National laws and also state legislation define how many years a person can file a lawsuit after an offense.
Wrongful discharge incidents normally have 3 types of claims, each falling under separate statute of limitations. Being aware of the time constraints is crucial, since litigation is likely to be dismissed if initiated afterwards.
The Kansas statute (law) of limitations is Kansas Statute § 60-501 et seq.
Statute of limitations by type of claim
Kansas local law determines the statute of limitations on filing tort (personal injury) claims, for instance premeditated infliction of emotional distress, termination in violation of public policy or defamation.
- Tort claims: 2 years
National law establishes the statute of limitations on work discrimination lawsuits, for example disability, constructive discharge, workplace retaliation or pregnancy.
- 180 days to file with EEOC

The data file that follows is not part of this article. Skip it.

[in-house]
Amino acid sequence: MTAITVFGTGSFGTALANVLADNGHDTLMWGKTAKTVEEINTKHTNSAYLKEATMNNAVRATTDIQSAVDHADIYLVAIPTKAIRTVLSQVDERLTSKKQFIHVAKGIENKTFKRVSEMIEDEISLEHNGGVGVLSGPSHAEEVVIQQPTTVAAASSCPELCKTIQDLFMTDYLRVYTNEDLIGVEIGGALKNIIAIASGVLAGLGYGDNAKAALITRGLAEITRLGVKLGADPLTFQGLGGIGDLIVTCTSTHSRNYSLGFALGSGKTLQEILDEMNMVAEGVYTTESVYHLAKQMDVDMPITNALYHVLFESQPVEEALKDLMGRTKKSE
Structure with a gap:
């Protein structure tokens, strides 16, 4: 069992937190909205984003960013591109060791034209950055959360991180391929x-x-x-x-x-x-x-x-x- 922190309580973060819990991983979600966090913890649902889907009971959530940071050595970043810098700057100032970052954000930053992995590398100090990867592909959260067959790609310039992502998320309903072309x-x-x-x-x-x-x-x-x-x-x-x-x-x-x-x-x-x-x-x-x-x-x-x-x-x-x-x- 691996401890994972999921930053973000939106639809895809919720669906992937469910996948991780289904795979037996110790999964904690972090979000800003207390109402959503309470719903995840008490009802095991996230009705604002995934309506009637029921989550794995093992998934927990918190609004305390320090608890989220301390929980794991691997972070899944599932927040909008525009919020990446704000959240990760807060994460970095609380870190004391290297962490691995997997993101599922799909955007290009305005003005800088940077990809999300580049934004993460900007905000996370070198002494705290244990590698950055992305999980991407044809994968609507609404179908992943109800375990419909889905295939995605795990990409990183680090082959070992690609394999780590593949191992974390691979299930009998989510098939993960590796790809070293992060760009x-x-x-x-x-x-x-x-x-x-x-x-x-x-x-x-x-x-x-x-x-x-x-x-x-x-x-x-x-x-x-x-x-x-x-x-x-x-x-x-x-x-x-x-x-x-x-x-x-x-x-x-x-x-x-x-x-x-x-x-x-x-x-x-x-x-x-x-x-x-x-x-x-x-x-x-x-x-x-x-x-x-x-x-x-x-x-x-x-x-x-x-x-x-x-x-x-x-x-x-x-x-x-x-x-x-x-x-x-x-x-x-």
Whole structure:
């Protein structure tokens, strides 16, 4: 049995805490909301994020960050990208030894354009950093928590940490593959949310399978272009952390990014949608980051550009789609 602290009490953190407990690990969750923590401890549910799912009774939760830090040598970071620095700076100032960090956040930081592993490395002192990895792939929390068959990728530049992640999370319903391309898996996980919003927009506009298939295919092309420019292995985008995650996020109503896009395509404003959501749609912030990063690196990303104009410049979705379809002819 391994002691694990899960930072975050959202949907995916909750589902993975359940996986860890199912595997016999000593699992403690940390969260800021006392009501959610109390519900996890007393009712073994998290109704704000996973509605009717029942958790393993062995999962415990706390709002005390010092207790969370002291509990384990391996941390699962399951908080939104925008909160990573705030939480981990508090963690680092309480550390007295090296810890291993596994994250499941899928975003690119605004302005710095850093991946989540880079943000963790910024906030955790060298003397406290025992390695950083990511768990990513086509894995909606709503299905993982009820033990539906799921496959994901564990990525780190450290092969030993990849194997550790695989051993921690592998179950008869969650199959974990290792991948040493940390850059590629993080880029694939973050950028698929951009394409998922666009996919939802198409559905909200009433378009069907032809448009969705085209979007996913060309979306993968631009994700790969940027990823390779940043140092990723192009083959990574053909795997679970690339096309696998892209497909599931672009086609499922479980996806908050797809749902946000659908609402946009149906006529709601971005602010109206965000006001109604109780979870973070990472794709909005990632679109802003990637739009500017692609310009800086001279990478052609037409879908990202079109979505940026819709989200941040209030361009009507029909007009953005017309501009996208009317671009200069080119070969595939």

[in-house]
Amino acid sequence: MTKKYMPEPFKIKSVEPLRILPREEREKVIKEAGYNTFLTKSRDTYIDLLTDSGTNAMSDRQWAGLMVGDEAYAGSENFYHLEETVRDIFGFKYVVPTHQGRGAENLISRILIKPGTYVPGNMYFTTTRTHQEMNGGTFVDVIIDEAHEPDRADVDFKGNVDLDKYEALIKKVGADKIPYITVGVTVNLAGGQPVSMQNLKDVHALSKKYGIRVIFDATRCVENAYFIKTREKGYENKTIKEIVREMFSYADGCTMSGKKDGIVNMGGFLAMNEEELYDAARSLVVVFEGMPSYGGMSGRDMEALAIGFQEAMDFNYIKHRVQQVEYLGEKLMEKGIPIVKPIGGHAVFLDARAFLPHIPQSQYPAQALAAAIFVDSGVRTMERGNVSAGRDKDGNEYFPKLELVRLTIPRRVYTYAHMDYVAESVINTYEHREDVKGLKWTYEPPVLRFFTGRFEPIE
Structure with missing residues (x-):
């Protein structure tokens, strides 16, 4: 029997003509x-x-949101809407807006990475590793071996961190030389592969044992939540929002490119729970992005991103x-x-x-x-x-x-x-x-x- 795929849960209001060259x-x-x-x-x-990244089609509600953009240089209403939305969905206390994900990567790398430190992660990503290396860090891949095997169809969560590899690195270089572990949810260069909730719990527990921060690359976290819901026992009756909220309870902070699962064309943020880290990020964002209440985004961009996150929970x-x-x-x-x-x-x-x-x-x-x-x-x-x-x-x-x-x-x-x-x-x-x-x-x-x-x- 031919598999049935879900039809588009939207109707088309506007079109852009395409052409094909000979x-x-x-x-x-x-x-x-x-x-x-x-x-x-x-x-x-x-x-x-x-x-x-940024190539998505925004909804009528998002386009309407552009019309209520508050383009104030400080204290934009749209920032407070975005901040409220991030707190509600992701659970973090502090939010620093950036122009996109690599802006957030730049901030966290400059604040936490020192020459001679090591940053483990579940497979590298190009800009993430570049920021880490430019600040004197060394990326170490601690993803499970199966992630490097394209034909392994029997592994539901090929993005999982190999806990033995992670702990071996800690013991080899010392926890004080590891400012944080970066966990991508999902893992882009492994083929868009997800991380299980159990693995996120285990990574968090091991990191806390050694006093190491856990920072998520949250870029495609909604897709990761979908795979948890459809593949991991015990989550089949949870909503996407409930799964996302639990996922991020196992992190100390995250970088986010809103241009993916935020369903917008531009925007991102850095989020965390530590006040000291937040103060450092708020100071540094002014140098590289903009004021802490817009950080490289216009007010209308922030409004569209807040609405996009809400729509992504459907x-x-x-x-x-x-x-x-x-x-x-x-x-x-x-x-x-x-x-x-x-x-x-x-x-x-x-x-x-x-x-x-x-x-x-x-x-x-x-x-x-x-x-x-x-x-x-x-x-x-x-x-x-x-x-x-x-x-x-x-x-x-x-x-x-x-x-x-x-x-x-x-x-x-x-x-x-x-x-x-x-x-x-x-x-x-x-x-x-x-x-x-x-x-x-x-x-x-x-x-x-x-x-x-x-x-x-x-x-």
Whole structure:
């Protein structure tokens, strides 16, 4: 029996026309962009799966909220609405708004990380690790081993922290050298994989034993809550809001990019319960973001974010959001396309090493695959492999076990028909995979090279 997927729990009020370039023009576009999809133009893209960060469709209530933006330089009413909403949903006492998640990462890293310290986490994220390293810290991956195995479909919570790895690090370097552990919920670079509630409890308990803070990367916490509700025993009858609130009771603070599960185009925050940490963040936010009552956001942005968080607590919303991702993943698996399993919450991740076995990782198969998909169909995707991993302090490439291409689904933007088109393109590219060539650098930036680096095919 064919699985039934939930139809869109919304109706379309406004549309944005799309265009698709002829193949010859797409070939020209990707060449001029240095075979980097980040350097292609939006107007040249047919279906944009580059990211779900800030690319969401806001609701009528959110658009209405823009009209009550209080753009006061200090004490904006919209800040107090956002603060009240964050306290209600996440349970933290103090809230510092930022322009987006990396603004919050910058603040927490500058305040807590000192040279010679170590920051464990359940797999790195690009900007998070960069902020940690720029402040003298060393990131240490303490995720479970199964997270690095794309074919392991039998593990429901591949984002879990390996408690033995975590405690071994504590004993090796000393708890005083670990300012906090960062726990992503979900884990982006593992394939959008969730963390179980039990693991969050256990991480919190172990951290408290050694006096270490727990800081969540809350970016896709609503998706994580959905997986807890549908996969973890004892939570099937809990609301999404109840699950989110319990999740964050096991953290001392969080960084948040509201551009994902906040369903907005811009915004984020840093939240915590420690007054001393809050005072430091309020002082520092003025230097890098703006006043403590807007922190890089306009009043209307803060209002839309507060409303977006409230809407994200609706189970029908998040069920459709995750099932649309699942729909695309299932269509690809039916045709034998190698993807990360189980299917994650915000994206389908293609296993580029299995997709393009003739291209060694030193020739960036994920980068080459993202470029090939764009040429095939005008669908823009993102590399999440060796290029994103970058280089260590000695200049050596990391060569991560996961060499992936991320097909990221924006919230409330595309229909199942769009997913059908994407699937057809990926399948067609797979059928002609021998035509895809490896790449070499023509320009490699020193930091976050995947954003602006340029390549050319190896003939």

- 300 days if Kansas law prohibits the discrimination as well
In the state of Kansas, the statute of limitations on contractual claims is laid by the local government. The deadlines for written contracts and oral contracts may differ.
- Oral contracts: 3 years
- Written contracts: 5 years
Did you get wrongfully terminated?
Our site has resources to guide you to rectify the matter.
To find out if you have a valid claim, have a look at the most typical wrongful firing causes >>
How much money will your lawsuit be worth? Take a look at wrongful termination litigation cases as well as verdicts from Kansas >>
Even though employment-at-will is the prevailing form of employment in the USA, there are laws to protect employees against unjust discrimination and harassment.
WrongfulTerminationSettlements.com was created as a compass for people who feel they have been terminated wrongfully, or discriminated against at their workplace.